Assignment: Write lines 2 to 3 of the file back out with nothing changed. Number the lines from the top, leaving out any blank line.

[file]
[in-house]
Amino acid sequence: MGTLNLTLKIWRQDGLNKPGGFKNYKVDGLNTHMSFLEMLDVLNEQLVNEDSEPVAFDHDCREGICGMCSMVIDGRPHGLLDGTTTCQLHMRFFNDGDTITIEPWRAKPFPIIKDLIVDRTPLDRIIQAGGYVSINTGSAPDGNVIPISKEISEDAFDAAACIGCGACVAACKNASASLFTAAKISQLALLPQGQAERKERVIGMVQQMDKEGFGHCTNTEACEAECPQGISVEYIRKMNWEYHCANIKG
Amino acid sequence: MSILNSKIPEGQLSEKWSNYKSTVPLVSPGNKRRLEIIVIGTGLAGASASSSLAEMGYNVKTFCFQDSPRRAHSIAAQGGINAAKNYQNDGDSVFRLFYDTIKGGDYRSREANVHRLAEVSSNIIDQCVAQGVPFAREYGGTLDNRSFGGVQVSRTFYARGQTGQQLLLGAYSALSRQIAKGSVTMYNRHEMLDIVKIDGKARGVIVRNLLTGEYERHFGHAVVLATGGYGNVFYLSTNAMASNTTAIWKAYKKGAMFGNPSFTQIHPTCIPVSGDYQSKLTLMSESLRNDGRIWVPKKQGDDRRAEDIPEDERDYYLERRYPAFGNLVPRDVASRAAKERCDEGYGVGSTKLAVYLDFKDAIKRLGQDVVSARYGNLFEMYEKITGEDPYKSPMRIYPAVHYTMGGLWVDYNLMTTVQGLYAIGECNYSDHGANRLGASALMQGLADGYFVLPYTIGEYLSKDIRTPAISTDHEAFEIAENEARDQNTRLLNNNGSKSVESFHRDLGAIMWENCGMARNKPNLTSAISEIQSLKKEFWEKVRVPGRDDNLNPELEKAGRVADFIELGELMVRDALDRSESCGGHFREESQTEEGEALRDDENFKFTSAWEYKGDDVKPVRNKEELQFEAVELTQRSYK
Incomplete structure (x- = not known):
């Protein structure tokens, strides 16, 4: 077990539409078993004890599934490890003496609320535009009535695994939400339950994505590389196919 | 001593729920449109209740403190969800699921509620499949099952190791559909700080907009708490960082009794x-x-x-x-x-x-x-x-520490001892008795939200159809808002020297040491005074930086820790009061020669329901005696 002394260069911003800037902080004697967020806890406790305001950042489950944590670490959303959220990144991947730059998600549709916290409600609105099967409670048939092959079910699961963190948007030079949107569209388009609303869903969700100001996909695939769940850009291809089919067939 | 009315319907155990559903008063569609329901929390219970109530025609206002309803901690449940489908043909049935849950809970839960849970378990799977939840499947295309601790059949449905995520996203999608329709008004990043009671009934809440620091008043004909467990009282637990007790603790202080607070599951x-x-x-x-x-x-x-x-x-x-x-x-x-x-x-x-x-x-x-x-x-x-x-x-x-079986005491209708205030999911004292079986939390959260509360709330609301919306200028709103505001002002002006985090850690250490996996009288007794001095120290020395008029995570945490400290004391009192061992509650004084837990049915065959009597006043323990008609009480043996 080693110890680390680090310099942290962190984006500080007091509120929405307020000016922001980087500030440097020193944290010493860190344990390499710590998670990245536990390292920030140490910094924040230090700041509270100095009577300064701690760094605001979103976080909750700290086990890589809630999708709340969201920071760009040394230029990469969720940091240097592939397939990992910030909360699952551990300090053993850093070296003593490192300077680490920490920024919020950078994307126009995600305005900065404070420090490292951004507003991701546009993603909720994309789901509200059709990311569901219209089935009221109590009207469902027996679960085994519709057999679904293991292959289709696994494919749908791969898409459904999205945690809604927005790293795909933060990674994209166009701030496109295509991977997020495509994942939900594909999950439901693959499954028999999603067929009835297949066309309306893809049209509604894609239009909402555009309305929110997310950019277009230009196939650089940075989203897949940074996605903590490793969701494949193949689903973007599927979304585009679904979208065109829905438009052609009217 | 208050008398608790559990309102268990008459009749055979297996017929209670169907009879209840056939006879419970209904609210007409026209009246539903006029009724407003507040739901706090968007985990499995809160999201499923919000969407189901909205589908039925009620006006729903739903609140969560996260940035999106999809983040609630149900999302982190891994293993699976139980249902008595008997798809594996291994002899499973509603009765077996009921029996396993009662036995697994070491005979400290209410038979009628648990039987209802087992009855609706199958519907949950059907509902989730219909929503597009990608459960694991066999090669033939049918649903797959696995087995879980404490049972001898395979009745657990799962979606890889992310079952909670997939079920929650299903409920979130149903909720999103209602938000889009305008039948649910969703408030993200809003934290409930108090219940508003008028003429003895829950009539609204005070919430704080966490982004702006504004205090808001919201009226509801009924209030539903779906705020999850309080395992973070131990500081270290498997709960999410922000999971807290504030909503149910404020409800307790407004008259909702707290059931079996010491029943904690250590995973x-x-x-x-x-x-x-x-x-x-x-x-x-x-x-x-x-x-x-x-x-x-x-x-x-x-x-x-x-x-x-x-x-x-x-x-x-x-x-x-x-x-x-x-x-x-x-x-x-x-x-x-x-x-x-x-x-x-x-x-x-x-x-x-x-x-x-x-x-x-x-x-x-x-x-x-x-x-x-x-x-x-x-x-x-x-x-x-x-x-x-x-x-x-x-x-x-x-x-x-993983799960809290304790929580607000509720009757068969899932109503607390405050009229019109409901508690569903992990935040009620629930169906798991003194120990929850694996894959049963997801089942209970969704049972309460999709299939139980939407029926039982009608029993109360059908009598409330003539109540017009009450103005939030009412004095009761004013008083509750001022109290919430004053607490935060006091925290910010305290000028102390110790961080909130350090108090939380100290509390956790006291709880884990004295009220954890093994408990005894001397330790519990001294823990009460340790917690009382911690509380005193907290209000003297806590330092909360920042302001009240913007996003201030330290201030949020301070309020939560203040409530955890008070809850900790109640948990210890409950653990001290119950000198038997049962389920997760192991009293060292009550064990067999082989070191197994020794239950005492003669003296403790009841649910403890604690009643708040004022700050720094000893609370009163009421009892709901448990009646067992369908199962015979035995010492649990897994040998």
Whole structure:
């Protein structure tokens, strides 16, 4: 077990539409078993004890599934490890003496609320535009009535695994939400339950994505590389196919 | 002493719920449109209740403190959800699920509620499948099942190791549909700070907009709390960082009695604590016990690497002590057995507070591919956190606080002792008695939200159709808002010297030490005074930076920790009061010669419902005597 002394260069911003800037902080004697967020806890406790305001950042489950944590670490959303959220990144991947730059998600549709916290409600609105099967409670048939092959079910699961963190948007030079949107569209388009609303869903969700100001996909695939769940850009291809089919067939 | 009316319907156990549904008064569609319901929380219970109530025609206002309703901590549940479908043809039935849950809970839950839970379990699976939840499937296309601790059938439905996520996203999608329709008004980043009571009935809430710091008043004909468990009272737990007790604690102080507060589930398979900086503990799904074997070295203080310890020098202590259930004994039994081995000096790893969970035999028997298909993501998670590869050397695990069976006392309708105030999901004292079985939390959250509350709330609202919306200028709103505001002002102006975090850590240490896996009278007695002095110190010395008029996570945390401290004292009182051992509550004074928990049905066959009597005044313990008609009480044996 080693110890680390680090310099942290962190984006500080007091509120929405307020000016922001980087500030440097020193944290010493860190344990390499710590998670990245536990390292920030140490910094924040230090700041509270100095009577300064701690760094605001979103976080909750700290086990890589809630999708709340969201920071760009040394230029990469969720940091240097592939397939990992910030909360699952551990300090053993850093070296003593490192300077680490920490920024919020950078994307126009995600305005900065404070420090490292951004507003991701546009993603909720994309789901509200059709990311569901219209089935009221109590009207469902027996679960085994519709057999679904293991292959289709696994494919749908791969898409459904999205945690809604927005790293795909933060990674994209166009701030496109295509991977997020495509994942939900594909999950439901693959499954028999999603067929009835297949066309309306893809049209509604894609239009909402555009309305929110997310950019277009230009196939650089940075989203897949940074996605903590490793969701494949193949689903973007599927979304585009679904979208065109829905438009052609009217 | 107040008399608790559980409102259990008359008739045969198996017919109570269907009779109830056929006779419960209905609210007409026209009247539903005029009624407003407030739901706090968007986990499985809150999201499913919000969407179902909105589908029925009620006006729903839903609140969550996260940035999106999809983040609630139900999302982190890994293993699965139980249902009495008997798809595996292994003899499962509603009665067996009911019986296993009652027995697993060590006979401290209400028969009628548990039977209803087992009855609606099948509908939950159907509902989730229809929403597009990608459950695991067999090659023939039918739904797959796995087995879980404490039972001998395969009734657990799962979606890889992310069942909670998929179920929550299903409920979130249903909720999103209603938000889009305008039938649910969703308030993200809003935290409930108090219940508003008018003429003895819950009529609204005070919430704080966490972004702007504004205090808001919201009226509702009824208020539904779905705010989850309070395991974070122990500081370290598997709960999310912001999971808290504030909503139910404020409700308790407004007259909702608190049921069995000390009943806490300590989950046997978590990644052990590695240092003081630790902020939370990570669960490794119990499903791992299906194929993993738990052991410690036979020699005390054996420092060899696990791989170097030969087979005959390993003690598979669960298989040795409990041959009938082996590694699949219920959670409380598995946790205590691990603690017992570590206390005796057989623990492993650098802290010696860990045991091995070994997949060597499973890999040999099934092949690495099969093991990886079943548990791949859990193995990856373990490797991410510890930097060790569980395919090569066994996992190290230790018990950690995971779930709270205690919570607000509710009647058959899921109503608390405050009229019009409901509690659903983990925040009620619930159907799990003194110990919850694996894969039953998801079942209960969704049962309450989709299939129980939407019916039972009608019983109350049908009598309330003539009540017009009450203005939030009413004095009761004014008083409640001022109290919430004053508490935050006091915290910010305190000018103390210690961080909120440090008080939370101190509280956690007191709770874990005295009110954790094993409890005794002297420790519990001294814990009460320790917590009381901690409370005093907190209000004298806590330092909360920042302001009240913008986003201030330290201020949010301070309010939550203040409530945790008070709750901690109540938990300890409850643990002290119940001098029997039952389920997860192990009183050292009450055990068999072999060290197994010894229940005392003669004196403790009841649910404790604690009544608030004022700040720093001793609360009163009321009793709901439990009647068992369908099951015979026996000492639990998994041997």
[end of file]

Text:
Amino acid sequence: MGTLNLTLKIWRQDGLNKPGGFKNYKVDGLNTHMSFLEMLDVLNEQLVNEDSEPVAFDHDCREGICGMCSMVIDGRPHGLLDGTTTCQLHMRFFNDGDTITIEPWRAKPFPIIKDLIVDRTPLDRIIQAGGYVSINTGSAPDGNVIPISKEISEDAFDAAACIGCGACVAACKNASASLFTAAKISQLALLPQGQAERKERVIGMVQQMDKEGFGHCTNTEACEAECPQGISVEYIRKMNWEYHCANIKG
Amino acid sequence: MSILNSKIPEGQLSEKWSNYKSTVPLVSPGNKRRLEIIVIGTGLAGASASSSLAEMGYNVKTFCFQDSPRRAHSIAAQGGINAAKNYQNDGDSVFRLFYDTIKGGDYRSREANVHRLAEVSSNIIDQCVAQGVPFAREYGGTLDNRSFGGVQVSRTFYARGQTGQQLLLGAYSALSRQIAKGSVTMYNRHEMLDIVKIDGKARGVIVRNLLTGEYERHFGHAVVLATGGYGNVFYLSTNAMASNTTAIWKAYKKGAMFGNPSFTQIHPTCIPVSGDYQSKLTLMSESLRNDGRIWVPKKQGDDRRAEDIPEDERDYYLERRYPAFGNLVPRDVASRAAKERCDEGYGVGSTKLAVYLDFKDAIKRLGQDVVSARYGNLFEMYEKITGEDPYKSPMRIYPAVHYTMGGLWVDYNLMTTVQGLYAIGECNYSDHGANRLGASALMQGLADGYFVLPYTIGEYLSKDIRTPAISTDHEAFEIAENEARDQNTRLLNNNGSKSVESFHRDLGAIMWENCGMARNKPNLTSAISEIQSLKKEFWEKVRVPGRDDNLNPELEKAGRVADFIELGELMVRDALDRSESCGGHFREESQTEEGEALRDDENFKFTSAWEYKGDDVKPVRNKEELQFEAVELTQRSYK